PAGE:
By leading Uruguay to become the first nation to fully legalize marijuana, José Mujica has struck a long-overdue and brutal blow against organized crime.
Many decades ago, in its heyday of influence, TIME Magazine inaugurated its annual “Man of the Year” designation. Always a marketing ploy, it’s meant to reflect the person who either made most news or created most change in the preceding 12 months. It’s since become an anachronism, but still gets attention. This year TIME selected Pope Francis.
Given the vast number of Catholics, and how much the freewheeling, maverick new Pope has challenged many ossified orthodoxies in short order, the choice is perfectly defensible. In centuries past, such a provocative leader might have met a grim fate.
One can easily imagine a Renaissance Vatican banquet at which, the general attention somehow diverted, a hollow ring is deftly opened, pestilent powder then artfully sprinkled into the papal goblet before a hearty toast… and, with a little sip, farewell Pope! Call forth the Camerlengo.
But we are, thankfully, long past such things, we trust.
Like many others, with all due respect to the editors of TIME, I have my own preference. A unique political leader, the President of Uruguay, José Mujica, was already a potentially sentimental candidate. But with one unprecedented gesture, he has now become a deeply compelling one.
Mujica’s visionary breakthrough is that he has had the courage to lead his small, and now happy and stable, country to take the obvious, logical, and rational step that so many others around the world cower from in abject terror: legalizing marijuana. Uruguayans who wish to smoke cannabis must now simply register with the government and limit themselves to 40 grams a month.
Mujica has pointed out the simple and obvious truth: the marijuana trade in his country is at least a $40 million industry that will no longer be controlled by gangsters but instead be legally regulated and taxed by the state. This non-addictive, non-toxic, organic plant that some people find pleasant – personally, I do not like it and never touch the stuff – will no longer fund the underworld in his country. The insane, near universal, prohibition has finally been lifted by a sensible country led by a sensible man. Why this took so long is the only possible question.
One possible answer is the positively hysterical reaction of the UN’s International Narcotics Control Board (INCB), which has condemned Uruguay for acting without its exalted permission and called its decision “illegal.” In his patented plainspoken manner, Mujica gave the ghastly INCB chief inquisitor Raymond Yans exactly what he deserved: “Tell that old man to stop lying,” he said. “Because he sits in a comfortable international platform, he believes he can say whatever nonsense.” Amen!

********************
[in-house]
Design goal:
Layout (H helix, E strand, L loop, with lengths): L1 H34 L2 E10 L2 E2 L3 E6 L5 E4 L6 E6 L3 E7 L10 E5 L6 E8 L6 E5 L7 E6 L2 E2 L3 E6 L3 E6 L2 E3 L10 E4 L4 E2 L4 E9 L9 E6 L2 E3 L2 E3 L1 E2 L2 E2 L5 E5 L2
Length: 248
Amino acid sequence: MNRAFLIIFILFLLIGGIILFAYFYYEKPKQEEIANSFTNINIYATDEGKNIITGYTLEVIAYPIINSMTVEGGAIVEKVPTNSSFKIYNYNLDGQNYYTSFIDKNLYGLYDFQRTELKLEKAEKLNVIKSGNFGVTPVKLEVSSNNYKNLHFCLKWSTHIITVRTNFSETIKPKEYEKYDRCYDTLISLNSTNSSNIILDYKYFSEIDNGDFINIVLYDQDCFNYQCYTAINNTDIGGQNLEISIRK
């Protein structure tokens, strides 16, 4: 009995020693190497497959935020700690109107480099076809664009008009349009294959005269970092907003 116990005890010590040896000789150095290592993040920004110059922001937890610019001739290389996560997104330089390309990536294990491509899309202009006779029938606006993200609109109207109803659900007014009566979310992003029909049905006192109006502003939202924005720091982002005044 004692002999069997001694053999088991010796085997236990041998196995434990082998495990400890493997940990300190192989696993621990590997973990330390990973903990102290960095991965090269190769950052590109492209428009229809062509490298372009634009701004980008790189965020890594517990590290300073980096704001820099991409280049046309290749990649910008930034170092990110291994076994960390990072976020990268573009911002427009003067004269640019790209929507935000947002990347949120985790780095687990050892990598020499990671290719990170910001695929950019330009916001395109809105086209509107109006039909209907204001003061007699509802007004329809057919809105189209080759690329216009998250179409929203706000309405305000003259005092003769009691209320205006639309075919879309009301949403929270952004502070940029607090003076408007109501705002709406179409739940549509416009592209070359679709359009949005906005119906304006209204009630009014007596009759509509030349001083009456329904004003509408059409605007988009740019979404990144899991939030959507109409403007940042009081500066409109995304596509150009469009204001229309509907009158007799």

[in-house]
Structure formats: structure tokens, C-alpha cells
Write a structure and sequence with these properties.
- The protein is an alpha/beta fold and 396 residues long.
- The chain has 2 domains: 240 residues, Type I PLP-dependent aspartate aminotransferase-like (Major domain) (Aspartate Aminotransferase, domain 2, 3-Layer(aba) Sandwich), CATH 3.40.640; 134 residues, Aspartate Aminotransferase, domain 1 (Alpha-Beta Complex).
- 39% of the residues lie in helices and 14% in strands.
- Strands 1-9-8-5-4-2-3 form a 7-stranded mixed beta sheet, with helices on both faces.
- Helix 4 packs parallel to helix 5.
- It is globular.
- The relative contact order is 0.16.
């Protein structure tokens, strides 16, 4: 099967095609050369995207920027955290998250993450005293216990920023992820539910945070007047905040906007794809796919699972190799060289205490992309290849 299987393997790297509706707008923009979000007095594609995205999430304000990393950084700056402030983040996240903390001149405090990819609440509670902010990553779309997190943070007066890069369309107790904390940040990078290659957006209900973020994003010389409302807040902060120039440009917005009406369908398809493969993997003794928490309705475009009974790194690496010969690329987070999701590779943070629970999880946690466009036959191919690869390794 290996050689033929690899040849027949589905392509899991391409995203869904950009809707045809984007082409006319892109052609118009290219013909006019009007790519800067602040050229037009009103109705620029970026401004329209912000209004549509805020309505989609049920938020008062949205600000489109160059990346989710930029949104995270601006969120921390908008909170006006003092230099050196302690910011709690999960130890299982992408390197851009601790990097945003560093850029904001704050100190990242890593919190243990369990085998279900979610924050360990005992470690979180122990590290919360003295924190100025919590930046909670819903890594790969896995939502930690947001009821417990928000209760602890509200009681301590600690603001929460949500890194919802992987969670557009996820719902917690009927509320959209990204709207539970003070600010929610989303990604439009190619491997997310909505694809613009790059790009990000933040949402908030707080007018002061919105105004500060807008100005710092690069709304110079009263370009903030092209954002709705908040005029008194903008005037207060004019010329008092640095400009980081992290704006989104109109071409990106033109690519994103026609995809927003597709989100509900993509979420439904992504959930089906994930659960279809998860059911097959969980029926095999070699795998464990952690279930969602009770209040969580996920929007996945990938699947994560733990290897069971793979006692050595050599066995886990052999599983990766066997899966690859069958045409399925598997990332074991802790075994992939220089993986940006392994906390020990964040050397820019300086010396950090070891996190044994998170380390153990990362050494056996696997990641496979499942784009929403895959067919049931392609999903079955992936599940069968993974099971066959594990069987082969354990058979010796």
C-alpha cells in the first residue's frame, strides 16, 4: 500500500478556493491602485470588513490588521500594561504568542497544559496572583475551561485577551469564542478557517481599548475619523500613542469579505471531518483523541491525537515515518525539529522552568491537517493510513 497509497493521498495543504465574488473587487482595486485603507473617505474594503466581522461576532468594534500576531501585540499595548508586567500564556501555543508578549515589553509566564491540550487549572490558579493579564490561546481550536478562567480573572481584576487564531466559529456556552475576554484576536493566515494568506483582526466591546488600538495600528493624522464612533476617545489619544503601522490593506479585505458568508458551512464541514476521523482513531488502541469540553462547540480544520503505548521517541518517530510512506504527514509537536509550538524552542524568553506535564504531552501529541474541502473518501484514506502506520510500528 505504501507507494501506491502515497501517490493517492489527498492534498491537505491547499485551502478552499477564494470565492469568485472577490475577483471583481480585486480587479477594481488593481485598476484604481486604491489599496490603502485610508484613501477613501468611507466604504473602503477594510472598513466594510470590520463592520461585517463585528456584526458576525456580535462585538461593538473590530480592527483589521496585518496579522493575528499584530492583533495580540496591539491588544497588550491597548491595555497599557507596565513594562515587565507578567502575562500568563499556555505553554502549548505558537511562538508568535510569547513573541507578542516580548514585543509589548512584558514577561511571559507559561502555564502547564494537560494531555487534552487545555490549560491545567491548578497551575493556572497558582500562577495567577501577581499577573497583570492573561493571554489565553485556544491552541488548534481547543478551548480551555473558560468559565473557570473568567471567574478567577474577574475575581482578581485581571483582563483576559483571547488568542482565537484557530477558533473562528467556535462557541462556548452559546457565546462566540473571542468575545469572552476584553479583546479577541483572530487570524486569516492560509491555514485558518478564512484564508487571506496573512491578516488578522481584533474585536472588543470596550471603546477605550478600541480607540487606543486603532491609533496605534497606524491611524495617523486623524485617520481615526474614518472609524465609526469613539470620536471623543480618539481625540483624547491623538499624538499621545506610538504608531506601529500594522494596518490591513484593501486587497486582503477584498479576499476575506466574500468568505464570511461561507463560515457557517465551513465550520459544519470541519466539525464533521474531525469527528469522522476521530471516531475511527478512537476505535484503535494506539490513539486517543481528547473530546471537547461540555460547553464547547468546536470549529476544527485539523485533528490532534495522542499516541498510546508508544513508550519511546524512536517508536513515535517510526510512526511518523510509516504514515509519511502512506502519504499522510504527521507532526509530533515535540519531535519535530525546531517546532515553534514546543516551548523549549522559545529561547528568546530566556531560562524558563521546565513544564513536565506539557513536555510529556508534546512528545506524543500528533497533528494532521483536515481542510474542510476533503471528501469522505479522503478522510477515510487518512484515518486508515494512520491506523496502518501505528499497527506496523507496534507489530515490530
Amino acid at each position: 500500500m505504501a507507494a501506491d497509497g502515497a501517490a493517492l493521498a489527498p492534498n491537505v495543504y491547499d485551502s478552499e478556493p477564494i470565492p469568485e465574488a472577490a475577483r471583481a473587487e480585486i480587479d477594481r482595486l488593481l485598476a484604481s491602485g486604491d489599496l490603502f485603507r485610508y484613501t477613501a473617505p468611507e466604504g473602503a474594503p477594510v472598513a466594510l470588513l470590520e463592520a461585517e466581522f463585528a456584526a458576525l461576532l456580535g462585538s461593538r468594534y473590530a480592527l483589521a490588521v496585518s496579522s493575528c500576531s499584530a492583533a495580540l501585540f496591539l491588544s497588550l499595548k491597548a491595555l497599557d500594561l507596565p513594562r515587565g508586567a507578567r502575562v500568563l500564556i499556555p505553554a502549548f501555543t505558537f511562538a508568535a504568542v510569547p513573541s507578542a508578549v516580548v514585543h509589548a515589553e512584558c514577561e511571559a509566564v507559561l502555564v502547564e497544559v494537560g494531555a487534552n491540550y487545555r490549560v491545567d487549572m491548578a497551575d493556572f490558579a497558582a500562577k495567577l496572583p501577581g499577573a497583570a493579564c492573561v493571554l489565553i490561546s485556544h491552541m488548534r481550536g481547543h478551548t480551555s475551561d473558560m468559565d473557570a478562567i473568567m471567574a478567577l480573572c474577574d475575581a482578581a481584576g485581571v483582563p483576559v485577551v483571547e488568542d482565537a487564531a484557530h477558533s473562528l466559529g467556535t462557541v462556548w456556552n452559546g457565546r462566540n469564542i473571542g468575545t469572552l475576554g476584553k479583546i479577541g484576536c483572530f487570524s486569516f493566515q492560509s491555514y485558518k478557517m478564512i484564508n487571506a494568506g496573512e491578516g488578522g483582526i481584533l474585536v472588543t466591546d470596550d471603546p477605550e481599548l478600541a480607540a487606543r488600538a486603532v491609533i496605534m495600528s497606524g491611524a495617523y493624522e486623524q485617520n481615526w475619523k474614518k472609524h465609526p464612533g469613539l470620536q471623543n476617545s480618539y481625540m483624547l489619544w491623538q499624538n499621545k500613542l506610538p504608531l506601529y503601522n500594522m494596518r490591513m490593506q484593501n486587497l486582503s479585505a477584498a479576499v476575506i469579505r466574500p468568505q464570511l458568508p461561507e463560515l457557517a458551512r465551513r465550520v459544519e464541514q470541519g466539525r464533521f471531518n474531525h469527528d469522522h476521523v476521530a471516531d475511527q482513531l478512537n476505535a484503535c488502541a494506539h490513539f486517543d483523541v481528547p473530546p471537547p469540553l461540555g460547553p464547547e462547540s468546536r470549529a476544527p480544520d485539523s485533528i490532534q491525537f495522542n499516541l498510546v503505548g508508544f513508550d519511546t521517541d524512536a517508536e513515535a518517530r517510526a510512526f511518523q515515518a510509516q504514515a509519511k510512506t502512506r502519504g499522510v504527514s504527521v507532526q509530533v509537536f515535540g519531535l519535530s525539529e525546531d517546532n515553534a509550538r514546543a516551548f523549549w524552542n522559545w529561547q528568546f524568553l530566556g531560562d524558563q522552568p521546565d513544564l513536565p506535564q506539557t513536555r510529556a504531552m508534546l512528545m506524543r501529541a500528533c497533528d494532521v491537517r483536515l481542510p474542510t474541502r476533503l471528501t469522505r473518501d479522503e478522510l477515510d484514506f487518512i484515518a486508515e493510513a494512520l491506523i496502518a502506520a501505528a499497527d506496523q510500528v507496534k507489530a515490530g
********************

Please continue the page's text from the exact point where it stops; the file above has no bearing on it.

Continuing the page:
Mujica notes that the sublimely hypocritical Yans never said a word about European countries or American states that decriminalized cannabis, but has gone on a rampage against Uruguay, even accusing it of “piracy.”
Yans is a lowly international lickspittle whose bleating is properly waved aside with the utmost derision. Mujica has dealt with far sterner opponents: he’s a veteran of the Tupamaros armed revolutionary movement, who has since become a center-leftist, creative thinker, and uniting figure in Uruguay. But in his revolutionary days, he served over 15 years in prison, two of them at the bottom of a well amid the rats and spiders.
He and the other Tupamaros were the objects of one of the more elaborate historical experiments in torture. This was, unfortunately, overseen not only by Uruguay’s fascist government but also the CIA’s torture guru Dan Mitrione, officially head of the” Office of Public Safety” mission.
Mitrione is reputed to have advocated, instructed, and experimented with torture in Uruguay as an art form. “The precise pain, in the precise place, in the precise amount, for the desired effect,” was reportedly his credo, but always leaving “some hope … a distant light” of survival and relief. He also advocated a little additional torture after the required information was extracted as a disincentive to further subversion.
In 1970 Mitrione was kidnapped and assassinated, but tellingly not tortured, by the Tupamaros.
With the restoration of a constitutional democracy in 1985, Mujica was freed. He became a populist politician, living in ostentatious austerity on a farm and driving a dilapidated Volkswagen. He is reputed to be “the poorest president in the world,” purportedly giving 90% of his $19,000 annual salary to charity.
Populism of this style can be its own kind of demagoguery and hype. I have long been intrigued by him, but remained somewhat skeptical.
Now that Mujica has had the vision to lead Uruguay to legalize marijuana (and abortion, for that matter), one can only say “bravo, and may others have the guts to follow suit.” Otherwise, the rest of the world can continue to arrange their laws for the convenience and empowerment of organized crime, at the expense of both the public and rational governance.